Do you get discouraged when little things go wrong?


My brother has a saying: Some days are peanuts, some days are shells.

Monday I had an absolutely great bike ride. Cranked a little more than thirty miles, hardly noticed the hills, rode faster than I ever have, wasn’t even tired when I got home. At this point in my training it was about as close to a perfect ride as I’m going to get.

Tuesday—not so much. About five miles from home I encountered a stretch of road covered with fresh oil and gravel. After a half-mile I was coated with oily pebbles. So on the return trip I took a different route and came across road construction and a detour that included a rather nasty hill. Toss in a couple of minor equipment issues that lengthened the ride into the heat of the afternoon, and completing my thirty-five mile trek wasn’t a lot of fun.

Monday was peanuts. Tuesday was shells.

I’m a habitual “awfulizer.” If everything doesn’t happen exactly as planned, it’s awful. In my brother’s terms, if it’s not all peanuts, it’s all shells.

Replacement therapy

I’ve learned through painful experience that I can’t break habits like “awfulizing” through sheer will. I have to replace the less helpful thoughts with something more positive or productive.

So when I caught myself grumbling about my horrible luck, I actually stopped right in the middle of the big hill and began listing the positive aspects of the morning:

  • Despite the extra time, I still felt strong.
  • This was exactly the sort of unplanned obstacle I’m likely to encounter on my actual ride, and I gained confidence knowing I could move past it and keep going.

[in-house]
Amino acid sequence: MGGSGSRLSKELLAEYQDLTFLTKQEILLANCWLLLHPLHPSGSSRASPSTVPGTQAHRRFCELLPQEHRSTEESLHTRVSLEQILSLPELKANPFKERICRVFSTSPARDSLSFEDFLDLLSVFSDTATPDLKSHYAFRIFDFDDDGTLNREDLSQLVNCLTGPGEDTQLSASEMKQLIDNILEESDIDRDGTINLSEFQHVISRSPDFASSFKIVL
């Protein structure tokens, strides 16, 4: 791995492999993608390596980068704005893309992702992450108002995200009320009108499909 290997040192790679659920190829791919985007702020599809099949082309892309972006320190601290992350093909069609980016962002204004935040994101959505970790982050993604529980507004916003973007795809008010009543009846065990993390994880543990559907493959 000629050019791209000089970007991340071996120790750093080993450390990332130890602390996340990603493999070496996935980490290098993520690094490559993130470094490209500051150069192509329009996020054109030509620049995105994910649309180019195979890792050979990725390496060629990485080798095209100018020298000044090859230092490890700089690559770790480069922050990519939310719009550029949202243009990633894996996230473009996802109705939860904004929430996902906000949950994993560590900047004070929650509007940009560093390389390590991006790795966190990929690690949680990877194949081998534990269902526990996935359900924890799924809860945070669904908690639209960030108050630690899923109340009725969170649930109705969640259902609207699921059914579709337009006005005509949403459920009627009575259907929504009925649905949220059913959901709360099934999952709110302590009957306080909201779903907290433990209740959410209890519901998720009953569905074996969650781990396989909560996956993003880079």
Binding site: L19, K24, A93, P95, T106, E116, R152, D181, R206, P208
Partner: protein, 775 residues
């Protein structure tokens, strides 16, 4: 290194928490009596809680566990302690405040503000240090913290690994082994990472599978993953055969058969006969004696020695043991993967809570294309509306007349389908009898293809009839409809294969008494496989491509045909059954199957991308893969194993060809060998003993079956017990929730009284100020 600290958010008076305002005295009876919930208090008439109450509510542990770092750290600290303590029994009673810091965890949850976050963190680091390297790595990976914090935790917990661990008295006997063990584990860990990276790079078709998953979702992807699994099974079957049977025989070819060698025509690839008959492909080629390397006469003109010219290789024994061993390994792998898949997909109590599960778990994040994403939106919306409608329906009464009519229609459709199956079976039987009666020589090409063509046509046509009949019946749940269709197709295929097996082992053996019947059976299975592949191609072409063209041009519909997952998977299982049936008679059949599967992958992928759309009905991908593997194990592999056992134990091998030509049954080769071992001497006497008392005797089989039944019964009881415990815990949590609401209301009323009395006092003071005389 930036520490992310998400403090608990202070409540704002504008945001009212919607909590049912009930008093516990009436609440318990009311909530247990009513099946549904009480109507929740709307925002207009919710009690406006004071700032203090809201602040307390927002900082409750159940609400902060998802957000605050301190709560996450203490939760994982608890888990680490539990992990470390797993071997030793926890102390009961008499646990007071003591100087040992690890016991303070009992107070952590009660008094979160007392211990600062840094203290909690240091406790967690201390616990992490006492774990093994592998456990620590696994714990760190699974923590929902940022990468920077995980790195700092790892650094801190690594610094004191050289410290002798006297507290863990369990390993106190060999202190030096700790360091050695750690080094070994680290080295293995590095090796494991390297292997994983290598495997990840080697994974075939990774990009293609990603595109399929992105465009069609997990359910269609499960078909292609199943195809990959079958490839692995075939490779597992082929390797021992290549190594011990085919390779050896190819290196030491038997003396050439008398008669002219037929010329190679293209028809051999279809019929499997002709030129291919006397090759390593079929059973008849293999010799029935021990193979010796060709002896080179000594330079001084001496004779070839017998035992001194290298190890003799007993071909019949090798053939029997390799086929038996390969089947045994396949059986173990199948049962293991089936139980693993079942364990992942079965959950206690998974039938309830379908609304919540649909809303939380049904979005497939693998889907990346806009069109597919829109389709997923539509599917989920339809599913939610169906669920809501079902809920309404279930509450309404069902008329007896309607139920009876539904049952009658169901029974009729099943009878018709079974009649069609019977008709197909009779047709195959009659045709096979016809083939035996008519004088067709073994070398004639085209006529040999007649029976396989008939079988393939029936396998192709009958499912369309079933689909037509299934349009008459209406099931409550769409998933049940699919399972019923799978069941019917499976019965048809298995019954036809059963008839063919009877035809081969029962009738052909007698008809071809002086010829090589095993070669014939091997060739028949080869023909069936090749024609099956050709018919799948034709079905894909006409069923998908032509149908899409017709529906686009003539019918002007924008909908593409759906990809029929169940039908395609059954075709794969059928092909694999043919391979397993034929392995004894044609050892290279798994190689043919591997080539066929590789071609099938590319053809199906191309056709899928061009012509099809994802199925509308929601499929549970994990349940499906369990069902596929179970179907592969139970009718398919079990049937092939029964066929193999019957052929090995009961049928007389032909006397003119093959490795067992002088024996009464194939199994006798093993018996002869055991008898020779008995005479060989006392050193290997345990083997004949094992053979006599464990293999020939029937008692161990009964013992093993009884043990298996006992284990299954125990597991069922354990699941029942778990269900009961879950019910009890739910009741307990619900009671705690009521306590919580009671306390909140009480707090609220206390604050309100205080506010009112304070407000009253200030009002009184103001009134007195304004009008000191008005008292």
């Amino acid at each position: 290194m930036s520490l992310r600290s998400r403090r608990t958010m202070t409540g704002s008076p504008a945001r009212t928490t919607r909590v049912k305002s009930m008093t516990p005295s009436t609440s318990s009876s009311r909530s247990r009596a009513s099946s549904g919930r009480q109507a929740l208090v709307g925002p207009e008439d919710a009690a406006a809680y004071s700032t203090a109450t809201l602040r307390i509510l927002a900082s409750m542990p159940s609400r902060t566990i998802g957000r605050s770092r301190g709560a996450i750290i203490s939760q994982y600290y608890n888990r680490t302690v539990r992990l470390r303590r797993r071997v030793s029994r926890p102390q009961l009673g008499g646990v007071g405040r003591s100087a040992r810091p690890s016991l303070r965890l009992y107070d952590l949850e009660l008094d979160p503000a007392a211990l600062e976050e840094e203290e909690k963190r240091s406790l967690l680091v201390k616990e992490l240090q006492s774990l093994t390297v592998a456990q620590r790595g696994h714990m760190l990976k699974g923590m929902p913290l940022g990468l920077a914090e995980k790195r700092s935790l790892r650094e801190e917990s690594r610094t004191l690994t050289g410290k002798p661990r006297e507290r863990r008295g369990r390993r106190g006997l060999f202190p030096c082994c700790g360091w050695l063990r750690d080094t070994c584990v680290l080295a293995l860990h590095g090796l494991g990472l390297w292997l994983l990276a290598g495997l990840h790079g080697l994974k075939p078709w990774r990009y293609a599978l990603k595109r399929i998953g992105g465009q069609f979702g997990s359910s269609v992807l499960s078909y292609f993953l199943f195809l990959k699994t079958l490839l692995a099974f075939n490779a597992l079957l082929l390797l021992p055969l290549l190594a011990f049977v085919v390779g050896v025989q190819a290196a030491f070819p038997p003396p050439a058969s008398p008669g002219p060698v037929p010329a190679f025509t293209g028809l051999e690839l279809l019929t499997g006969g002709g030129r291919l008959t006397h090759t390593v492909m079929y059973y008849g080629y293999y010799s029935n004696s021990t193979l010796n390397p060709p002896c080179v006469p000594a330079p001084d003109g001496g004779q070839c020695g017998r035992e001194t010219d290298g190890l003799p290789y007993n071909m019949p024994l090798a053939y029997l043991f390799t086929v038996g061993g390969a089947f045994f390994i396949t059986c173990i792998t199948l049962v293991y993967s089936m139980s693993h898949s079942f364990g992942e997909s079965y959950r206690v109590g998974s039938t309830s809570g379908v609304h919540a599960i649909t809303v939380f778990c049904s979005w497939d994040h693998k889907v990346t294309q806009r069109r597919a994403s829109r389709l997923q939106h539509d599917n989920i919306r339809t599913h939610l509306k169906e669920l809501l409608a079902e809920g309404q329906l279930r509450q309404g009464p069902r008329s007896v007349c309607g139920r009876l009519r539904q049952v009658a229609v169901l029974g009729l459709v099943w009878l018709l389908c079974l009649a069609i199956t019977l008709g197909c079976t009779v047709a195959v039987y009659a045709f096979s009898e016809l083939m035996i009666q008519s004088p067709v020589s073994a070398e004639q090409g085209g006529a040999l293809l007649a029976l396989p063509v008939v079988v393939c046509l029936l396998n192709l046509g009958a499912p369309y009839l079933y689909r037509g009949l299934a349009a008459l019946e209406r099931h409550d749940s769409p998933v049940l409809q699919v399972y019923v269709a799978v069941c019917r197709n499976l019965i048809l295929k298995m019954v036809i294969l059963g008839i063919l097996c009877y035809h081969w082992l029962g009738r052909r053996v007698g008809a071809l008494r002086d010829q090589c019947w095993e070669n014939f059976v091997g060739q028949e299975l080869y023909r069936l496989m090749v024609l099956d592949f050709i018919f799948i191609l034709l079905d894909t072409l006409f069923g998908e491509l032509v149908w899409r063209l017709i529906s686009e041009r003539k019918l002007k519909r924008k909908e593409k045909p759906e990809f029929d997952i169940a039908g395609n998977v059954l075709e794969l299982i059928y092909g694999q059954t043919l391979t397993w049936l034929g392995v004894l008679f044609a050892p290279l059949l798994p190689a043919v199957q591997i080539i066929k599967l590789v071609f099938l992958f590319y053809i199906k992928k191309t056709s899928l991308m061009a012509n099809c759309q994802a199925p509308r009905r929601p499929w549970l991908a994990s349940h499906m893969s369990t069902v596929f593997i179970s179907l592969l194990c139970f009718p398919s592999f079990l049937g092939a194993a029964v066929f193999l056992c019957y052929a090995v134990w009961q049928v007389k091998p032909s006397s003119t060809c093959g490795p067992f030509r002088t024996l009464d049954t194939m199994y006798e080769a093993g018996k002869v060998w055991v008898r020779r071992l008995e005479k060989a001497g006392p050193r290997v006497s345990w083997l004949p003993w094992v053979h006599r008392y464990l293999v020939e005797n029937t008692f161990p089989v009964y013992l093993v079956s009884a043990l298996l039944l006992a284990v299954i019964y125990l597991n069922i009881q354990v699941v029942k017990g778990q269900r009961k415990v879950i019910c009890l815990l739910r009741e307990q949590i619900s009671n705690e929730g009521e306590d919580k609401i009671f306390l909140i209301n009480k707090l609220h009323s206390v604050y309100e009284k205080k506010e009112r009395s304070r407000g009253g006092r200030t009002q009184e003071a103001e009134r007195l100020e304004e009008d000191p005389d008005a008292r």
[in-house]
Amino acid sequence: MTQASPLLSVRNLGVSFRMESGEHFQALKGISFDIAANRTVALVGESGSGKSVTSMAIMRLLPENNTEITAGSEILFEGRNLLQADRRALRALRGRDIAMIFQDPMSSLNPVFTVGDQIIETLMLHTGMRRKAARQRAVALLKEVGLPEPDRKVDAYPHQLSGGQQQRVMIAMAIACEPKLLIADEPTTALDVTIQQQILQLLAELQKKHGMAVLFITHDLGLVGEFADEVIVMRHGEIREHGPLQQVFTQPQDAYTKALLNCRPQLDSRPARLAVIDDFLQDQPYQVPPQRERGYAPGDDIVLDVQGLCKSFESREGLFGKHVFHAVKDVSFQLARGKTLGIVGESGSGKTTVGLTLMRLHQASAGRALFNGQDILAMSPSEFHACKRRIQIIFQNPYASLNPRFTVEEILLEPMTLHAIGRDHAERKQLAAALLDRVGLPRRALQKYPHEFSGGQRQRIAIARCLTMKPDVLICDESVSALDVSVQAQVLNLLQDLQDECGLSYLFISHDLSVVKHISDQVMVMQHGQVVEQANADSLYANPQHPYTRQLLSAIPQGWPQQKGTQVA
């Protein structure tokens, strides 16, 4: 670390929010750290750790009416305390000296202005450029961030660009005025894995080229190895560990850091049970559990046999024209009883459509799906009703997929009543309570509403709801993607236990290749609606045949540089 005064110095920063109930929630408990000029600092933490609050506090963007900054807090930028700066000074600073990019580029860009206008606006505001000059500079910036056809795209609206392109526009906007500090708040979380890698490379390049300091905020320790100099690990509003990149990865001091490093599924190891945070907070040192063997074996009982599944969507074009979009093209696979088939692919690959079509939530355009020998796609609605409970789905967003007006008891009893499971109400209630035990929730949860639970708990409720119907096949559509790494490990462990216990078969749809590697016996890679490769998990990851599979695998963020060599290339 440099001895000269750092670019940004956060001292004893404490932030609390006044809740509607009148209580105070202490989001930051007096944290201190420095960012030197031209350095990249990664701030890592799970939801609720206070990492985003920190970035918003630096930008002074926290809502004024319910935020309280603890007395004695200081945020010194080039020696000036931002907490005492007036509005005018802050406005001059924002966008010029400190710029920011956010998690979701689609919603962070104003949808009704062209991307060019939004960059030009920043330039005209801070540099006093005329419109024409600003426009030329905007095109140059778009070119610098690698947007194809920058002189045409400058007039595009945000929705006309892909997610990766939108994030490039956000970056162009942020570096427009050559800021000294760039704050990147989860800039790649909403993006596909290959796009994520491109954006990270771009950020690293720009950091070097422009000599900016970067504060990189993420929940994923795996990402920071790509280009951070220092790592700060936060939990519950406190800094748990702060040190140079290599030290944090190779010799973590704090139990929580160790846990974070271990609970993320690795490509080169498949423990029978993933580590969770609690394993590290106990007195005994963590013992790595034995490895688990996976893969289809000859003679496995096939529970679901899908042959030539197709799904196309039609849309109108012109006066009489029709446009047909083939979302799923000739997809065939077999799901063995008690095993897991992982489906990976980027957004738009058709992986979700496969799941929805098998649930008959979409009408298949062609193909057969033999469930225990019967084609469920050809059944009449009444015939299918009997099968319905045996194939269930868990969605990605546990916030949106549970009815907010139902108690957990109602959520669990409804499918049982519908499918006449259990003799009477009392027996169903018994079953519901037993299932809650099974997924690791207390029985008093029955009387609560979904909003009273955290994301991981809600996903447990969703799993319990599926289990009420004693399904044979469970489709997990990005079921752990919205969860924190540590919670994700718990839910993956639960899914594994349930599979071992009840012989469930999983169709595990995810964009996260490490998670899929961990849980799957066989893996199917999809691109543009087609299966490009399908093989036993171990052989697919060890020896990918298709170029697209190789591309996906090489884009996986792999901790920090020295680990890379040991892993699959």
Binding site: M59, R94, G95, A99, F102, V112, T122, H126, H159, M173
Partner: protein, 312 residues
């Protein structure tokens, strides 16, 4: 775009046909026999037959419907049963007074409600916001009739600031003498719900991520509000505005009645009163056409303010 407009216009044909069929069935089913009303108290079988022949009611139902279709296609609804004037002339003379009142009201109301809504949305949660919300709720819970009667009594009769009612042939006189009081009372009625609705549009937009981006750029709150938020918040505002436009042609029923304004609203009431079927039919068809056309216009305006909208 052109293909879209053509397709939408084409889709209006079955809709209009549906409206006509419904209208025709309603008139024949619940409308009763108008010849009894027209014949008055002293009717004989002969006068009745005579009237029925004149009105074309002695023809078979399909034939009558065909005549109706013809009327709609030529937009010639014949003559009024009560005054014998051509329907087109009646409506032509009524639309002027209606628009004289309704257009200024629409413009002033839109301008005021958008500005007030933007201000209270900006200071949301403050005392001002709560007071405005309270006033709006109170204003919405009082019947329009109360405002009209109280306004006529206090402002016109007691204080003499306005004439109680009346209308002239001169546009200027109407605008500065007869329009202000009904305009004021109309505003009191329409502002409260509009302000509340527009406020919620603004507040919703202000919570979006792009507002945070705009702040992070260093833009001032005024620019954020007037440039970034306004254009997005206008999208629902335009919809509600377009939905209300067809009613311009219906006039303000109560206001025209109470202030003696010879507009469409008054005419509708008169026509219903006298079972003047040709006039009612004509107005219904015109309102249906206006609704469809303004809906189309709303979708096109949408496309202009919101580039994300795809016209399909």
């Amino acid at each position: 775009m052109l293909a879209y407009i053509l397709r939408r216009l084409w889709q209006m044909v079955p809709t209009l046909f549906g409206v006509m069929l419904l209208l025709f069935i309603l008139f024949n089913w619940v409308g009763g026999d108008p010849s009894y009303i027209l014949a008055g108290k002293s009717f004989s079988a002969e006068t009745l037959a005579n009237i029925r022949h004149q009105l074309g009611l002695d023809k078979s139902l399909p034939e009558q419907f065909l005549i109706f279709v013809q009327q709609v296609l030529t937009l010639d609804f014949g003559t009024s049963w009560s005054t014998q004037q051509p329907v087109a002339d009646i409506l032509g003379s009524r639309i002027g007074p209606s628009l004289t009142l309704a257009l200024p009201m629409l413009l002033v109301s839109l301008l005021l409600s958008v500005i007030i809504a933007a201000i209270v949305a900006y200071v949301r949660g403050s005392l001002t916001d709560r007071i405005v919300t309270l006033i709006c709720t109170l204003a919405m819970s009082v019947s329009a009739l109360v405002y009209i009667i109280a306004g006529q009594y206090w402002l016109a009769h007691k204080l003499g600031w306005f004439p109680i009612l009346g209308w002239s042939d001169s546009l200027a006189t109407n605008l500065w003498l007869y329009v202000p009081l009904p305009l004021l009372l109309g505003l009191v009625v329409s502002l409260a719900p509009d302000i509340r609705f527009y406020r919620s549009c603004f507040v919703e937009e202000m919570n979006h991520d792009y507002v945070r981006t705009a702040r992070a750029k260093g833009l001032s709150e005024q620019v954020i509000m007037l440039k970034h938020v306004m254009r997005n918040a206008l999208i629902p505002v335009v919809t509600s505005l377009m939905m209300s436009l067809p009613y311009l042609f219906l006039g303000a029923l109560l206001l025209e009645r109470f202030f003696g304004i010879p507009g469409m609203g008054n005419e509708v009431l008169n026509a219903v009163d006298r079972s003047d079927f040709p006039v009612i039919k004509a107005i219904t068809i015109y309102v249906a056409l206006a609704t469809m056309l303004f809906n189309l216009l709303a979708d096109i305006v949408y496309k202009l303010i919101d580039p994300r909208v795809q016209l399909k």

• I was climbing a tough hill, one I usually avoid, pretty easily.
  • I hadn’t planned such a long ride, but I was completing it without much trouble despite the setbacks.

By the time I resumed my climb, I was actually smiling—as much as one can smile while cranking up a hill in 95 degree heat. My entire mental picture of the morning’s ride was altered.

I don’t want to pretend to be Pollyanna and ignore adversity. Life simply isn’t a continuous trip on the Good Ship Lollipop.

But maybe I can get a little better at finding the peanuts hidden beneath the shells.

How do you remind yourself to look for the peanuts among the shells?

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Dixon
Copyright 2010 by Rich Dixon, All Rights Reserved. Used by permission.
Rich is an author and speaker. He is the author of:
Relentless Grace: God’s Invitation To Give Hope Another Chance
. Visit his web site www.relentlessgrace.com

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